- The Washington Times - Saturday, January 22, 2005

ANNAPOLIS — Maryland lawmakers historically have drafted unusual legislation — often in emergency sessions — to help meet the demands of a state sending troops to war.

This year, elected officials, including the governor and the House speaker, are pushing a roster of bills benefiting servicemen and women and their families. They say now is the time, with 1,000 Maryland troops fighting in Afghanistan and Iraq, to approve the bills. The state’s improving financial situation also may remove a longtime obstacle to getting some of the legislation approved, officials say.

“Everyone is attuned to what is happening to our young people in this war,” said Delegate Jean Cryor, Montgomery Republican. Her bill, an effort to give income-tax breaks to active, stateside troops, has failed twice before.

“If it’s ever going to have a chance, this is the year,” she said.

House Speaker Michael E. Busch, Anne Arundel Democrat, is making his Veterans Advocacy and Education Act of 2005 a priority in this 90-day legislative session. It creates scholarships for veterans of the wars in Iraq and Afghanistan and their children. It also establishes a full-time veterans advocate, a type of ombudsman, within the Department of Veterans Affairs.

The proposal requires the commission to report on its services annually to the General Assembly and creates a task force to determine whether the state is giving enough money toward veterans benefits, if veterans are getting their benefits quickly and if the state should establish a loan program or use state Medicaid funds to help veterans waiting for their benefits.

“We’re going to do everything we can to make sure they get their benefits,” Mr. Busch said.

A bill being proposed by Gov. Robert L. Ehrlich Jr., a Republican, would give income-tax breaks to retired veterans on their pension benefits, said spokesman Henry Fawell.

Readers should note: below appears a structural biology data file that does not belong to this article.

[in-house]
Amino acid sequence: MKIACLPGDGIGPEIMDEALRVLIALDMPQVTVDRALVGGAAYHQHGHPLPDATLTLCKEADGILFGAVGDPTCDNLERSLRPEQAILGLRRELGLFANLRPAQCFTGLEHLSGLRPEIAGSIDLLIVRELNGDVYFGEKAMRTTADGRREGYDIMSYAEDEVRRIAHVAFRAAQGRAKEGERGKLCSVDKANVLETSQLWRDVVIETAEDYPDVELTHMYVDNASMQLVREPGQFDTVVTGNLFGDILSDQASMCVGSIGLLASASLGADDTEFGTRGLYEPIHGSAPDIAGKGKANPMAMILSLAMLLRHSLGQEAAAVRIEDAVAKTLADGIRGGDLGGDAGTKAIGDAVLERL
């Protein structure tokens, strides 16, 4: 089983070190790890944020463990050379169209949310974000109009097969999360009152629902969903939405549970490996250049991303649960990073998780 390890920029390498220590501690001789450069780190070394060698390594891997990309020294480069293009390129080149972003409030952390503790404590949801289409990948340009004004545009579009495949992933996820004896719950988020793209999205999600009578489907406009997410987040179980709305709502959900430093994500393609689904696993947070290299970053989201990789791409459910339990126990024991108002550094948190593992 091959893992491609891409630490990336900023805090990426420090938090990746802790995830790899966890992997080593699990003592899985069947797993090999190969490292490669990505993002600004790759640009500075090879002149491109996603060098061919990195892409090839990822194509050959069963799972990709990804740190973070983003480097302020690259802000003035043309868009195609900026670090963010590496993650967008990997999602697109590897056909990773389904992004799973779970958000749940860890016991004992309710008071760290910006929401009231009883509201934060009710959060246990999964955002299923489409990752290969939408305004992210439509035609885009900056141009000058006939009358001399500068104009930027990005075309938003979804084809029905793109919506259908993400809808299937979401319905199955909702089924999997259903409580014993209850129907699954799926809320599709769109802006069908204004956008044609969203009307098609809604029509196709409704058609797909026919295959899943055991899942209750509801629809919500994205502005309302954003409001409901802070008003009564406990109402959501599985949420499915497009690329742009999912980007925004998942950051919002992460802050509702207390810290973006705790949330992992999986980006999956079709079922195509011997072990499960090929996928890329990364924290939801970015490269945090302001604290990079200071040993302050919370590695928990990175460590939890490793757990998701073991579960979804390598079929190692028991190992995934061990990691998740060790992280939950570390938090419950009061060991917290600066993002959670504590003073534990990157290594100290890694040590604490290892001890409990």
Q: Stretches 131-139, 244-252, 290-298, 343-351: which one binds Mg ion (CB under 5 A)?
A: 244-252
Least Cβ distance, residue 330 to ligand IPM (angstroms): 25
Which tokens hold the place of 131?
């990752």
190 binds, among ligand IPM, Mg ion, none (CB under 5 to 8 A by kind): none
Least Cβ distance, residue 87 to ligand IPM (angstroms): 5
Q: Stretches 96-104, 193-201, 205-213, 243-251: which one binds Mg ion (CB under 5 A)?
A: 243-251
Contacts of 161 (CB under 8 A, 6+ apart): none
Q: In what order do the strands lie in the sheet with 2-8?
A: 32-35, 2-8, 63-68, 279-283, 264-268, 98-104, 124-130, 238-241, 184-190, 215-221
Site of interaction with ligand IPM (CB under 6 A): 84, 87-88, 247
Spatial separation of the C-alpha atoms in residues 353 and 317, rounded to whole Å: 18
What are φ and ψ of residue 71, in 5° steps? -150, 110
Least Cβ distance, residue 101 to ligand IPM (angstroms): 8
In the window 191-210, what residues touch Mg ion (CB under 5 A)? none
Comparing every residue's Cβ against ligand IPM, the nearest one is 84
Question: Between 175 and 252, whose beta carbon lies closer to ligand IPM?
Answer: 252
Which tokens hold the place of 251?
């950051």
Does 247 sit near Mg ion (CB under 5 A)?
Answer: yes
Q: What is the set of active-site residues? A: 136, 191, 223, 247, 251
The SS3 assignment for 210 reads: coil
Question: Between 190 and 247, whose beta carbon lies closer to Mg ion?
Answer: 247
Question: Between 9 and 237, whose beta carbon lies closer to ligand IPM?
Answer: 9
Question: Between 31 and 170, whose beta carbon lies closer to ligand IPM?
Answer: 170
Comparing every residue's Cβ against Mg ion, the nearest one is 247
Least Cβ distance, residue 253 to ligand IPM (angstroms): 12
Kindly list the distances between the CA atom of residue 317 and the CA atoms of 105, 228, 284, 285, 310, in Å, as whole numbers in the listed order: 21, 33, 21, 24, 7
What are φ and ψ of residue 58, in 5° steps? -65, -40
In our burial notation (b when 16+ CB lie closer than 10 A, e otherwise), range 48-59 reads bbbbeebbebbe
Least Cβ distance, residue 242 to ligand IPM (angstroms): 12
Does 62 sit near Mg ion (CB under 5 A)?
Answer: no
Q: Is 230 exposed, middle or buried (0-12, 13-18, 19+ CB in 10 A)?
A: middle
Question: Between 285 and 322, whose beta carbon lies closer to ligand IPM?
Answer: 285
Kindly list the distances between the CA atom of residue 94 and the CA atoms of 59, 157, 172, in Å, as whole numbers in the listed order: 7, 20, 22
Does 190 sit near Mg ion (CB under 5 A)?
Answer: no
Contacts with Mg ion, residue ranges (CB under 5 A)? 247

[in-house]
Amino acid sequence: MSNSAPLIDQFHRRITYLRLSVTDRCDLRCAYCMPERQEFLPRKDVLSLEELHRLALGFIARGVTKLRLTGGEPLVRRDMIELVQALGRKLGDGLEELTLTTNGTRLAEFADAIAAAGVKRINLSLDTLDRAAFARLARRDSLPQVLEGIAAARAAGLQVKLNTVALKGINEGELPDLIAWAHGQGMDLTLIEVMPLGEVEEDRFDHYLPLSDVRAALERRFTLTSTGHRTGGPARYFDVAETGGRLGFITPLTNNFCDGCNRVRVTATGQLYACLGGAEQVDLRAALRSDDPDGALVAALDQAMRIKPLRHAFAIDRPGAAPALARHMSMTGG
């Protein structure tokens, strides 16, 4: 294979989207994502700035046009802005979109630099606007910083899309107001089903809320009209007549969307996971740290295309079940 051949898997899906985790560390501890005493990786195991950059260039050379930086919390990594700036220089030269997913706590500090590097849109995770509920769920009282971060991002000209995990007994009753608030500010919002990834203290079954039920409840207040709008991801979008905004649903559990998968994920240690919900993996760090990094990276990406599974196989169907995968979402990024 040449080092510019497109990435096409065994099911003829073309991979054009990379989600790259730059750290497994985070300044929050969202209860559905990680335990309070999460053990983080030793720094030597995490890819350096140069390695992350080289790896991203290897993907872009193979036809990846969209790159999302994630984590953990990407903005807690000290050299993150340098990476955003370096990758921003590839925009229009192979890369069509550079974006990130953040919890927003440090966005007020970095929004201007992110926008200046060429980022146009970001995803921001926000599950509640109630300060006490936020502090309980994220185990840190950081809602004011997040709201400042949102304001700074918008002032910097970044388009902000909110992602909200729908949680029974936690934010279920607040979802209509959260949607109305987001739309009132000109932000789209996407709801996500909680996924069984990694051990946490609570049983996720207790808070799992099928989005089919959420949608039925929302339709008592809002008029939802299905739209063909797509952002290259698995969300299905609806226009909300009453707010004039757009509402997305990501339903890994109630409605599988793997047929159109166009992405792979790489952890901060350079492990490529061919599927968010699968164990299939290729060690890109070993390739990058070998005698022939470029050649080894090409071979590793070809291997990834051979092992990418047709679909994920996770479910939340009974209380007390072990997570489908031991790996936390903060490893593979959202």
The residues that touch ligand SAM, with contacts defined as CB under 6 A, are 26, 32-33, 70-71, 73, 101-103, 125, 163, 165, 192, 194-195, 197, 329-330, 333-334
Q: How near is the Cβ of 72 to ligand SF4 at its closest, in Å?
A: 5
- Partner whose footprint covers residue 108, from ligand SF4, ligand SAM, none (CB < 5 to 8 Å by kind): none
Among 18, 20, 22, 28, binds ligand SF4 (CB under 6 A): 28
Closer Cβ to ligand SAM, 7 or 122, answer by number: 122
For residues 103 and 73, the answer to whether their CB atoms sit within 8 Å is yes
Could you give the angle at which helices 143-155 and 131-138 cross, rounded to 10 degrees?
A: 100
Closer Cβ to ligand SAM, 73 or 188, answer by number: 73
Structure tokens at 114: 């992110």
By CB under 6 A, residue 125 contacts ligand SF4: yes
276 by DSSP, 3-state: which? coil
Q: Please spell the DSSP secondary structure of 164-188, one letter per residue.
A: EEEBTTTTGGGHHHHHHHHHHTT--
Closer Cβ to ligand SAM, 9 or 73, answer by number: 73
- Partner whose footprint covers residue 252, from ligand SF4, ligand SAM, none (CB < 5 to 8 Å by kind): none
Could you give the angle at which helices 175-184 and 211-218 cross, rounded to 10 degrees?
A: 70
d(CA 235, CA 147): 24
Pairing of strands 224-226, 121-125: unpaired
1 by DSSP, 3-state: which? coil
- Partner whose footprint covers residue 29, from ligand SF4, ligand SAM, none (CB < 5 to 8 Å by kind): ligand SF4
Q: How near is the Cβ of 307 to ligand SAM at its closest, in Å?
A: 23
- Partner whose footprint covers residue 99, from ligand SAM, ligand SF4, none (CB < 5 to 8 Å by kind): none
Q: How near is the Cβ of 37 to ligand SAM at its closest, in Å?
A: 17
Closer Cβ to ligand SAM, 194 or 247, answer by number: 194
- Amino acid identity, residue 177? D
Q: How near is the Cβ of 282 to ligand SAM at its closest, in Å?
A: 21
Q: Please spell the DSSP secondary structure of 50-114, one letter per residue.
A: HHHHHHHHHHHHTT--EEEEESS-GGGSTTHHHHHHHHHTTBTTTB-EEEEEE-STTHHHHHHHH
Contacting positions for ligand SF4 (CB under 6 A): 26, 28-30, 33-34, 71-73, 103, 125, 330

“I think collectively we’re going to come to the decision that, yes, we need to help servicemen and women and their families any way we can,” said Sen. Andrew Harris, Baltimore County Republican, who has submitted three military-related bills.

The patriotic and bipartisan support of the bills doesn’t guarantee their passage, lawmakers said. Some may be combined and only partially approved. And as always, their cost is a primary factor. Maryland still faces a deficit in the coming budget year, but it is estimated to be about $300 million, less than last year’s gap of $800 million.

“If the cost is modest, the bills will have success this year,” Mr. Harris said. “And I think the governor will gladly approve them.”

They would give sales-tax exemptions to some veterans organizations and their auxiliary groups and give breaks to troops and their spouses who owe payments on state-sponsored student loans while they’re working on out-of-state military bases.

“We’re beginning to realize that with the war on terror, we’re in it for the long haul,” Mr. Harris said. “This is not something we’re going to win quickly or easily.”

Maryland legislators called emergency sessions in 1917, 1944 and 1950 to write laws needed during World Wars I and II and the Korean War.

Those measures gave absentee voting rights to troops, raised money to support war efforts, outlawed black-market food sales, banned terrorist activities and established military camps, according to researchers in the Department of Legislative Services.

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